Defective verb

defectivedefective verbsdefectiveness
In linguistics, a defective verb is a verb with an incomplete conjugation, or one which cannot be used in some other way as normal verbs can.wikipedia
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Modal verb

modalmodal auxiliariesmodals
Though these verbs were not originally defective, in most varieties of English today, they occur only in a modal auxiliary sense.
They are auxiliary verbs as are be, do, and have, but unlike those three verbs, they are grammatically defective.

English subjunctive

subjunctiveFuture subjunctivesubjunctive mood
(However, the use of the preterite form should as a subjunctive form continues, as in If I should go there tomorrow, ..., which contrasts with the indicative form I shall go there tomorrow.) The defective verb ought was etymologically the past tense of owe (the affection he ought his children), but it has since split off, leaving owe as a non-defective verb with its original sense and a regular past tense (owed).
Note also the defective verb beware, which lacks indicative forms, but has a present subjunctive: (that) she beware…

Impersonal verb

impersonalWeather verbimpersonal constructions
Impersonal verbs such as to rain and to snow share some characteristics with the defective verbs in that forms such as I rain or they snow are not often found; however, the crucial distinction is that impersonal verbs are "missing" certain forms for semantic reasons—in other words, the forms themselves exist and the verb is capable of being fully conjugated with all its forms (and is therefore not defective) but some forms are unlikely to be found because they appear meaningless or nonsensical.
Most impersonal constructions in Spanish involves: a) using a special verb in third-person defective verb with a direct object as its only argument.

Deponent verb

deponentdeponent rootsdeponent verbs
Compare deponent verbs, which are passive in form and active in meaning.

Unpaired word

unpaired
* Unpaired word – another form of lexical gap

Linguistics

linguistlinguisticlinguists
In linguistics, a defective verb is a verb with an incomplete conjugation, or one which cannot be used in some other way as normal verbs can.

Verb

verbssubject-verb agreementv.
In linguistics, a defective verb is a verb with an incomplete conjugation, or one which cannot be used in some other way as normal verbs can.

Grammatical tense

tensetensesverb tense
Defective verbs cannot be conjugated in certain tenses, aspects, or moods.

Grammatical aspect

aspectaspectualaspects
Defective verbs cannot be conjugated in certain tenses, aspects, or moods.

Grammatical mood

moodmoodsindicative
Defective verbs cannot be conjugated in certain tenses, aspects, or moods.

English language

EnglishEnglish-languageen
The most commonly recognized defective verbs in English are auxiliary verbs—the class of preterite-present verbs—can/could, may/might, shall/should, must, ought to, and will/would (would being a later historical development).

Germanic verb

preterite-present verbpreterite-presentstrong verbs
The most commonly recognized defective verbs in English are auxiliary verbs—the class of preterite-present verbs—can/could, may/might, shall/should, must, ought to, and will/would (would being a later historical development).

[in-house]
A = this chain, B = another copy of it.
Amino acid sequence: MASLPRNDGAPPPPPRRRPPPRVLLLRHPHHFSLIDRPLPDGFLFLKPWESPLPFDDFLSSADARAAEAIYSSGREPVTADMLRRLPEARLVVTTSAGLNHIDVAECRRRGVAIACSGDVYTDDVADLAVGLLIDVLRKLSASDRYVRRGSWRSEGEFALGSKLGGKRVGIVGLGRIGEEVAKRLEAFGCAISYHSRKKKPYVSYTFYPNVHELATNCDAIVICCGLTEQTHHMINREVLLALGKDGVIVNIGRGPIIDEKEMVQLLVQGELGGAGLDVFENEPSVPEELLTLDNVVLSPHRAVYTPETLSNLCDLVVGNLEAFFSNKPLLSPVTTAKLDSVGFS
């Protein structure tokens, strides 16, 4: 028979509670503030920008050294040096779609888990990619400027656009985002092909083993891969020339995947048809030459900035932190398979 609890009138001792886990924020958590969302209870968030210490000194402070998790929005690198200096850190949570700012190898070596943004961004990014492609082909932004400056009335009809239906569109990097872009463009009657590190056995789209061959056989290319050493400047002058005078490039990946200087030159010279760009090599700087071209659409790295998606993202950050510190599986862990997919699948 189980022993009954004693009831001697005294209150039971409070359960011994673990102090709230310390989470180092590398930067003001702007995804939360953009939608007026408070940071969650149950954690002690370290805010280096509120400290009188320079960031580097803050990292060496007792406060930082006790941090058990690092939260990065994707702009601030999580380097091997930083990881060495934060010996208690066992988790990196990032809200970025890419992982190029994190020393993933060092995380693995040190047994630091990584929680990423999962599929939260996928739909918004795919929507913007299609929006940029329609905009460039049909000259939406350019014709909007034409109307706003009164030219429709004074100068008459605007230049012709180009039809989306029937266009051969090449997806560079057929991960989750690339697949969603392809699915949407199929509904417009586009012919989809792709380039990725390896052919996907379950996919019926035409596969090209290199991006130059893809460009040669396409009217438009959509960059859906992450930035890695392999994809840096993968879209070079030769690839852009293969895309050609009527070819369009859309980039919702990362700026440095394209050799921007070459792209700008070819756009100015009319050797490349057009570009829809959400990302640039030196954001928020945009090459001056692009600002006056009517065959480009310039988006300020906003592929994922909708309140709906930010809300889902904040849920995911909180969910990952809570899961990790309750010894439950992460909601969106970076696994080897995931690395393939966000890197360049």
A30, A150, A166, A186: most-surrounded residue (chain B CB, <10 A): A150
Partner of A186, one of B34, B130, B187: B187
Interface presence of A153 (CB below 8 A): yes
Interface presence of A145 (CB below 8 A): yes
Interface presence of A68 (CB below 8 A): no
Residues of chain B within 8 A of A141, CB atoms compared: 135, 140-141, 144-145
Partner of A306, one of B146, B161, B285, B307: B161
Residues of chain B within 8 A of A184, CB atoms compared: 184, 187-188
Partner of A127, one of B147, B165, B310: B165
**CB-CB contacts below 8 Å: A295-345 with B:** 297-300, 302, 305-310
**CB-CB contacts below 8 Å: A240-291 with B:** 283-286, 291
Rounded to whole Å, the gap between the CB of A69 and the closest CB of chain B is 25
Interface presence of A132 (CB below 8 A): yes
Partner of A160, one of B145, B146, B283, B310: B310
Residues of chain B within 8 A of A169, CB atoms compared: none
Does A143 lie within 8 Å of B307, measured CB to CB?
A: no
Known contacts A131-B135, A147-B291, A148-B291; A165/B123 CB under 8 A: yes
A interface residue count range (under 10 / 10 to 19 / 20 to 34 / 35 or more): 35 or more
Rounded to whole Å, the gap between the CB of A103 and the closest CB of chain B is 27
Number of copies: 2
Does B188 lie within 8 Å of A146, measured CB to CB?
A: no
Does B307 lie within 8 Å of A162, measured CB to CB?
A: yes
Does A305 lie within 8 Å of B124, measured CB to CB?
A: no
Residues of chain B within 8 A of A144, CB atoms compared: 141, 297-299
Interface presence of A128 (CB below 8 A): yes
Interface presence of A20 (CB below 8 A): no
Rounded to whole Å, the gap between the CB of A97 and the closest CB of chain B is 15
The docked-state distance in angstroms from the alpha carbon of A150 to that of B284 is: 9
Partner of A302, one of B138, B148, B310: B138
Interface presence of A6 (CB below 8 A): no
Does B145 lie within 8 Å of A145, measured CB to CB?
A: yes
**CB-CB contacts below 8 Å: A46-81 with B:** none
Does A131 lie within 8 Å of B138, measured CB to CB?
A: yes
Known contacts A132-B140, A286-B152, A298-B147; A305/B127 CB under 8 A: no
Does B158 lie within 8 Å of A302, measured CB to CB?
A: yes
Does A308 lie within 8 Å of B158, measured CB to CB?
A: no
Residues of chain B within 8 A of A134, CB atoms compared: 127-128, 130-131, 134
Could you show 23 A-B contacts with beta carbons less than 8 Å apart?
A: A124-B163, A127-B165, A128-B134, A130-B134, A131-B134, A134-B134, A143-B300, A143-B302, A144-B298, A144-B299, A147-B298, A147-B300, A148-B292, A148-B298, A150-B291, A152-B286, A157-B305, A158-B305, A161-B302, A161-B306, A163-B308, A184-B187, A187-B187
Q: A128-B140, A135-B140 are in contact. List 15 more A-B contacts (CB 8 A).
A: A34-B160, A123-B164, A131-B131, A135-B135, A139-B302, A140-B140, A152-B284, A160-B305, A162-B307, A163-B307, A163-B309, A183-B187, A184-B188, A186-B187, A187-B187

Gerund

English gerundgerundsfused participle
For example, can lacks an infinitive, future tense, participle, imperative, and gerund.

Preterite

pastpreteritpreterite tense
Some verbs are becoming more defective as time goes on; for example, although might is etymologically the past tense (preterite) of may, it is no longer generally used as such (*he might not pass for "he was forbidden to pass").

Homograph

homographsvery similar appearance
(The forms with an asterisk are impossible, at least with respect to the relevant sense of the verb; these phonemes may by coincidence be attested with respect to a homograph [as with "canning" = "the act of preserving and packaging in cans"].)

Canning

cannerycannedcanned food
(The forms with an asterisk are impossible, at least with respect to the relevant sense of the verb; these phonemes may by coincidence be attested with respect to a homograph [as with "canning" = "the act of preserving and packaging in cans"].)

Arabic

Arabic languageArabic-languageArab
In Arabic, defective verbs are called أفعال جامدة (lit., solid verbs).

Negative verb

negative auxiliarynegative auxiliary verbnegative verbs
The negative verb (ei, et, en, emme...) also has no infinitive form nor a 1st person singular imperative form.

Dutch language

DutchDutch-languagenl
It remains popular in the related Dutch language as verkiezen, e.g. Verkiezingen in Nederland (Wikipedia in Dutch).

Ancient Greek

GreekClassical GreekGr.
"No single Greek verb shows all the tenses", and "most verbs have only six of" the nine classes of tense-systems, and "[s]carcely any verb shows all nine systems".

Copula (linguistics)

copulato becopular
Copula is lacks a future tense, imperative mood, and verbal noun.

Hortative

cohortativehortatorycohortative mood
말다 (malda, "to stop or desist") may only be used in the imperative form or in the hortative form, after an 'action verb + 지 (ji)' construction.

Latin

Latin languageLat.la
Latin has defective verbs that possess forms only in the perfect system; such verbs have no present tense forms whatsoever.

Perfect (grammar)

perfectperfect aspectperfect tense
Latin has defective verbs that possess forms only in the perfect system; such verbs have no present tense forms whatsoever.

Pluperfect

past perfectPast perfect tensePast Perfect (Sof Davar)
Latin defective verbs also possess regularly formed pluperfect forms (with a simple past tense meaning) and future perfect forms (with a simple future tense meaning).